Indian logic's development can be dated back to the Anviksiki of Medhatithi Gautama. The Anviksiki School of logic was founded by Medhatithi Gautama. Indian epic Mahabharata refers to the Anviksiki School of logic. Chanakya has described Anviksiki in Arthashastra as an independent field of investigation. Anviksiki was exposed in the first century
Kautilya refers to Nyaya as Anviksiki. This suggests that the word Nyaya was not a familiar name for Anvikshiki during that time. Vatsyayana compares the meaning of Nyaya with the etymological meaning of the word anvikshiki. However Kautilya was not satisfied by counting Anvikshiki as one of the four vidyas. He considered it as one of the philosophies along with Samkhya.
Anviksiki was called Hetu Shastra or Hetu vidya which is the study of reasoning as known in Manusamhita or Mahabharata. The teachers of Anviksiki are Carvaka, Kapila, Dattatreya, Punarvasu Atreya, Sulabha, Astavakra and Medhatithi Gautama.
Theory of Anviksiki grew out of discussion among learned men. The doctrines did not comprise of the original Ayurveda of Punarvasu Atreya. These doctrines have been included in Charaka Samhita. The doctrines as mentioned in Charaka Samhita are: Karyabhinivrtti, Pariksa, Sambhasa or vada vidhi. Karyabhinivrtti refers to the resources that are required to achieve something. Pariksa is an examination standard and Sambhasa vidhi refers to method of debate.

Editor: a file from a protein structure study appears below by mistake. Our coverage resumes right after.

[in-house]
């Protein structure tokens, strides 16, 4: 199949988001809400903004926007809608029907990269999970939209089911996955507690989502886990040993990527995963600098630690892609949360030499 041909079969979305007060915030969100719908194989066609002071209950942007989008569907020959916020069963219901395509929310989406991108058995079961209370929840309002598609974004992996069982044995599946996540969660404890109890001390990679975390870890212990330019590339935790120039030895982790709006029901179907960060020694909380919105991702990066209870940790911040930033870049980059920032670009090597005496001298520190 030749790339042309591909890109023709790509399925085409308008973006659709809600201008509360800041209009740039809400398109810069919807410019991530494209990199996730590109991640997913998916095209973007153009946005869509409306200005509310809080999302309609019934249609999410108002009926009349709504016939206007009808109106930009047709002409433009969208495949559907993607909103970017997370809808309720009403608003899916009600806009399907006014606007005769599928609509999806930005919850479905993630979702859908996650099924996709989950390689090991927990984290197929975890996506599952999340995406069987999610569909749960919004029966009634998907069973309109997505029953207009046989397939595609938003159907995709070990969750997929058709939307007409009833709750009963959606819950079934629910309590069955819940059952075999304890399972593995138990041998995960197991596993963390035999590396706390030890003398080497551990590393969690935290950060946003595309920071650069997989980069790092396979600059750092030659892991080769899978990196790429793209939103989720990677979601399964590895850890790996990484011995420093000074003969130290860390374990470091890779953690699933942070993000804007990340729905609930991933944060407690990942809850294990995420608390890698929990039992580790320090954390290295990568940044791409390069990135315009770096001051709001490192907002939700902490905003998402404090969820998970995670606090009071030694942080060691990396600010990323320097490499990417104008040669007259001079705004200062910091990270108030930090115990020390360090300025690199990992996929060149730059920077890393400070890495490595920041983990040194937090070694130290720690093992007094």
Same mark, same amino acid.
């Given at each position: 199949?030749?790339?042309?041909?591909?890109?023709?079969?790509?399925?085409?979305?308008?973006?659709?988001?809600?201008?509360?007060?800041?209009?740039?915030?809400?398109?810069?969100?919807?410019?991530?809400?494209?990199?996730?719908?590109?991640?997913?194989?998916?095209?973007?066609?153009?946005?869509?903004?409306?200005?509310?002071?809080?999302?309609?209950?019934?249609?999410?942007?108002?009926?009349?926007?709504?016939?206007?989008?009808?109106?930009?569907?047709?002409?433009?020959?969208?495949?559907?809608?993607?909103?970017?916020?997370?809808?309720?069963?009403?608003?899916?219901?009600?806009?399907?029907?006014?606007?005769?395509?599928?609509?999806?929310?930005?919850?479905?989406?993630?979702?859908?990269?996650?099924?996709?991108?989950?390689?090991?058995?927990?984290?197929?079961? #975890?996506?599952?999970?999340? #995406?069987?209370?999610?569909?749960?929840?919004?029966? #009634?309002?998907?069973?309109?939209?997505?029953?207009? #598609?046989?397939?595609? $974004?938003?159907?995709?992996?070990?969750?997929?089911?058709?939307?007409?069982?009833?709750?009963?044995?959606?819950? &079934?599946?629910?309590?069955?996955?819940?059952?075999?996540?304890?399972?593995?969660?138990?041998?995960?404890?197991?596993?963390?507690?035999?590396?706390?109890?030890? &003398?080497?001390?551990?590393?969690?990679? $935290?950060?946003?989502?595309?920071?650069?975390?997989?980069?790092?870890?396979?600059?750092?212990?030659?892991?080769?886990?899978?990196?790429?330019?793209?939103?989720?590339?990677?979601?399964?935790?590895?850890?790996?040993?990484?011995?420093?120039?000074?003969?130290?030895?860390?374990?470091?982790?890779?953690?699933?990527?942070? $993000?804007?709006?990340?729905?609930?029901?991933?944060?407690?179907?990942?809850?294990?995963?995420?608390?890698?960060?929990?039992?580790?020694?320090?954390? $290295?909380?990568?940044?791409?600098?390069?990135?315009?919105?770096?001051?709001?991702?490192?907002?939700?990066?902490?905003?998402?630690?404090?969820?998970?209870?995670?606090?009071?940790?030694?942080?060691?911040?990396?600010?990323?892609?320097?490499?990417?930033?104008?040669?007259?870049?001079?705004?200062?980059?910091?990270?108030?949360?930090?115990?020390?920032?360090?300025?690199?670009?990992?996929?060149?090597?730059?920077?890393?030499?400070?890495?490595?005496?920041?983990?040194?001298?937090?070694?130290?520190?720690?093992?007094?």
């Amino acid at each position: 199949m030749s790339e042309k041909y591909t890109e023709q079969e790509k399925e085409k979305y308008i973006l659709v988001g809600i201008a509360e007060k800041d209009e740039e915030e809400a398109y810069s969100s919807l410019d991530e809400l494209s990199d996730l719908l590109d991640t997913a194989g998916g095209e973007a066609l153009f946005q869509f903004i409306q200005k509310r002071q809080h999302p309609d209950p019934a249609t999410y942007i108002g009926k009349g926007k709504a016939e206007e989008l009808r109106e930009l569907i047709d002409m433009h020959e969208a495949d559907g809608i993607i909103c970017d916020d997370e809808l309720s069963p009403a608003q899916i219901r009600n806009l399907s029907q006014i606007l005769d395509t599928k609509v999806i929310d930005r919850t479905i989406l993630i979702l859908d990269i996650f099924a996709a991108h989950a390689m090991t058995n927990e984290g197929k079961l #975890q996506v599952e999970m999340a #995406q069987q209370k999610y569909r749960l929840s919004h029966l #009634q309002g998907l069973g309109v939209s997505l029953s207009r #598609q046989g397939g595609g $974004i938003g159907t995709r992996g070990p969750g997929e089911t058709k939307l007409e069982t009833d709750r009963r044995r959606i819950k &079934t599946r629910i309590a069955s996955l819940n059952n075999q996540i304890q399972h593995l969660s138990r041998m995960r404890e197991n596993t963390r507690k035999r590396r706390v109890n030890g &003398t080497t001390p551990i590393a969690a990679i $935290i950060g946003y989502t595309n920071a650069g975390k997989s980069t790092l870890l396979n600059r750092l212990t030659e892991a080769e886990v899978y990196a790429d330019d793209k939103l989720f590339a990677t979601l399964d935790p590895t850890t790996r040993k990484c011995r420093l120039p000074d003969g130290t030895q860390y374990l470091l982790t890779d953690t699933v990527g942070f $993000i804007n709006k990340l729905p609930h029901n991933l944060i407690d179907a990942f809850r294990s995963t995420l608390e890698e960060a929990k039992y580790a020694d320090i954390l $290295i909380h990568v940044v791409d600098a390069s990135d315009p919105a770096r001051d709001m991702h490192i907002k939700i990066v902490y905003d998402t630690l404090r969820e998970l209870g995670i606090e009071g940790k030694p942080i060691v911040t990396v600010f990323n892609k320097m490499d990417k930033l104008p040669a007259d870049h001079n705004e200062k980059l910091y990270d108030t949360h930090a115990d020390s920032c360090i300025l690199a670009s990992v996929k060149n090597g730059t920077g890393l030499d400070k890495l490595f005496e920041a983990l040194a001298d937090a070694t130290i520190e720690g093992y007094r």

Anviksiki was considered as principles that were laid down to test the prohibition in the Vedas and because of this it was not accepted by all. As it is seen in Ramayana how Valmiki discredit people who possess vicious mind. Similarly in Shantiparva, Vyasa warns the followers of Vedanta philosophy against spreading their doctrines. However in some sections Anviksiki was very much accepted as a theory worth following. In Gautama Dharma shastra, training has been prescribed for Anviksiki for the ruler. Kautilya considers Anviksiki as the lamp of all sciences.
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